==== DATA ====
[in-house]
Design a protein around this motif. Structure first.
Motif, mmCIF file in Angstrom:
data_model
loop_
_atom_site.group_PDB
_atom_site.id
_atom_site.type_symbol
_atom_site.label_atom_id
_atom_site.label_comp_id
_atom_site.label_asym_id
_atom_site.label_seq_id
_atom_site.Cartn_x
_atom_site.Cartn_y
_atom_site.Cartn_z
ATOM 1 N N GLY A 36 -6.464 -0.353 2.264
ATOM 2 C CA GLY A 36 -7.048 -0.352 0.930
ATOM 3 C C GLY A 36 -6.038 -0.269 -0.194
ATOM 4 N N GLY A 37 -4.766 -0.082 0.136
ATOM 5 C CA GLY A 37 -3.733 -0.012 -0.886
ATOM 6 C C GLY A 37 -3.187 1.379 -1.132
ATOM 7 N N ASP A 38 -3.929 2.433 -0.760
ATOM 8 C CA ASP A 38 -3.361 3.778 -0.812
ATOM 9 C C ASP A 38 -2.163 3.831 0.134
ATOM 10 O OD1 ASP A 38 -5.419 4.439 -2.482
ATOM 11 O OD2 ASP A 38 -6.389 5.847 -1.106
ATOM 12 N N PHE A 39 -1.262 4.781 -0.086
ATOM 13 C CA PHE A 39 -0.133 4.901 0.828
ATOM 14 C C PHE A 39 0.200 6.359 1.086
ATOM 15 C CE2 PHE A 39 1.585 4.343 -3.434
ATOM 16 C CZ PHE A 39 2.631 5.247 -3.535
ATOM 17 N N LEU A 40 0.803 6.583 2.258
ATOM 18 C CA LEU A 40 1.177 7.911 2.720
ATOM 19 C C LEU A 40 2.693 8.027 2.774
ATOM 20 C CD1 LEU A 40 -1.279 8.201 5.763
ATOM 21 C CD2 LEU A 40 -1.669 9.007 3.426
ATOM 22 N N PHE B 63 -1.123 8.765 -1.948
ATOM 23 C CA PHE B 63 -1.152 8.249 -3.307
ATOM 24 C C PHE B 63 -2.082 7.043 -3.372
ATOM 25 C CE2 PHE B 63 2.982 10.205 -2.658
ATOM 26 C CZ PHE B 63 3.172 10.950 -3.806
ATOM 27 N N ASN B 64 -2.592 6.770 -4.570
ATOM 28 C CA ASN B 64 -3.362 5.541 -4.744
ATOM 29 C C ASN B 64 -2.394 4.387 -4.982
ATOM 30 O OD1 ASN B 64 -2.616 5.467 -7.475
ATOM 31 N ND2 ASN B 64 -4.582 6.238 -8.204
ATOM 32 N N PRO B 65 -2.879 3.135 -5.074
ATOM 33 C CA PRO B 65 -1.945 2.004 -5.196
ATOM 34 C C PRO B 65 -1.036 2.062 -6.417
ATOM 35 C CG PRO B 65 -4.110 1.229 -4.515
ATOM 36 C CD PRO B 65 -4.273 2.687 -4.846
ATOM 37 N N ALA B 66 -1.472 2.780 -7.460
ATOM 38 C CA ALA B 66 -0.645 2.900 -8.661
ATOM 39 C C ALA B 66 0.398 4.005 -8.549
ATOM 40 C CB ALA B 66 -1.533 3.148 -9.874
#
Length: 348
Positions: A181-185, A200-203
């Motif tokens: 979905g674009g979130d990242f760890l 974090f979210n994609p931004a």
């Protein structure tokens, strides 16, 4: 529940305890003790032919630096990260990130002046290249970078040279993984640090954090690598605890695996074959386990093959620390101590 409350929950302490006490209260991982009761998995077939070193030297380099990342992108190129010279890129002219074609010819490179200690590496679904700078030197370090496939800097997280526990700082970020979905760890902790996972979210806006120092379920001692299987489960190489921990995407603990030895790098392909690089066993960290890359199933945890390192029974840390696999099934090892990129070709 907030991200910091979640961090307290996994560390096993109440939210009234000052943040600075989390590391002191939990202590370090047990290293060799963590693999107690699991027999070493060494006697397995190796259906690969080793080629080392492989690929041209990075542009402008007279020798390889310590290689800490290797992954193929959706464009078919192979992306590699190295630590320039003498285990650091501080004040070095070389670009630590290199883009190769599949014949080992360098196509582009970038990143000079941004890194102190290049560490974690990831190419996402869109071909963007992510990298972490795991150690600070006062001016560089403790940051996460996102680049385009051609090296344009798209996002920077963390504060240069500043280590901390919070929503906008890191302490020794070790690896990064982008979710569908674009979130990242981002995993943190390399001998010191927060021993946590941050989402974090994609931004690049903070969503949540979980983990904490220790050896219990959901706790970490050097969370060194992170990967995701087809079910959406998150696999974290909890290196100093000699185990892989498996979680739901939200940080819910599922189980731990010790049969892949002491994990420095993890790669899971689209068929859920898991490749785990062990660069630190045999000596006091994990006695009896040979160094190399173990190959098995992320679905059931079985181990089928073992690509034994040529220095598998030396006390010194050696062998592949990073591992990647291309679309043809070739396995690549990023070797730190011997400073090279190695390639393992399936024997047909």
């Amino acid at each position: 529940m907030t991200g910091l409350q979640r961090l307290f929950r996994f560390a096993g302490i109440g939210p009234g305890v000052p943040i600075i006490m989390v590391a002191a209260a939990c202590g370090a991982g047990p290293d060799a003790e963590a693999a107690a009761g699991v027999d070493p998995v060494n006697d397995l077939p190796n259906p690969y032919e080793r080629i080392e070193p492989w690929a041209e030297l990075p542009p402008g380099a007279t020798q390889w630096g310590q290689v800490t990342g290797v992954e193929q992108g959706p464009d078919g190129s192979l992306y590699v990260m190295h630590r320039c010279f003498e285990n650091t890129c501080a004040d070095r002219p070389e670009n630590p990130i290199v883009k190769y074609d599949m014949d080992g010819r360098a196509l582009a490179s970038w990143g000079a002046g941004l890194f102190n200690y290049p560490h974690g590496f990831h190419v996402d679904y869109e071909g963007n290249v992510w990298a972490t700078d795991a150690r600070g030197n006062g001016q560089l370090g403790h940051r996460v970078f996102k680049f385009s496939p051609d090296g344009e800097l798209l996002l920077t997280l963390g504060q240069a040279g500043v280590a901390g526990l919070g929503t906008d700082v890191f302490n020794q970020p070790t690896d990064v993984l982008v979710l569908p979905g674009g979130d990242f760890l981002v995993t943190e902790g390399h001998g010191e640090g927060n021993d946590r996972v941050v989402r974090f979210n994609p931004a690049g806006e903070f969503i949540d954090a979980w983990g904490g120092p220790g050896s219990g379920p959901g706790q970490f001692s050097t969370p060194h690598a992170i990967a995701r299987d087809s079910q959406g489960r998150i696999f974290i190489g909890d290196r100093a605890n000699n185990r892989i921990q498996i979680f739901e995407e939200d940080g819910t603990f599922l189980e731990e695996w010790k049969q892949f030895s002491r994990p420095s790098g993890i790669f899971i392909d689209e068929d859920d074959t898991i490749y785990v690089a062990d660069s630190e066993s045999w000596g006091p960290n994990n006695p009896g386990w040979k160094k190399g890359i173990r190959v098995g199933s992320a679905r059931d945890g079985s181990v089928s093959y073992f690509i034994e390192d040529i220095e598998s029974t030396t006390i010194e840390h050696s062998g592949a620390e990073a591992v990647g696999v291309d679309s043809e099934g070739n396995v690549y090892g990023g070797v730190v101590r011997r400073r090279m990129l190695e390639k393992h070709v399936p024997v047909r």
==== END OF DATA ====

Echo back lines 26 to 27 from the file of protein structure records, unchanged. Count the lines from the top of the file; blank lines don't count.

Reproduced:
ATOM 11 O OD2 ASP A 38 -6.389 5.847 -1.106
ATOM 12 N N PHE A 39 -1.262 4.781 -0.086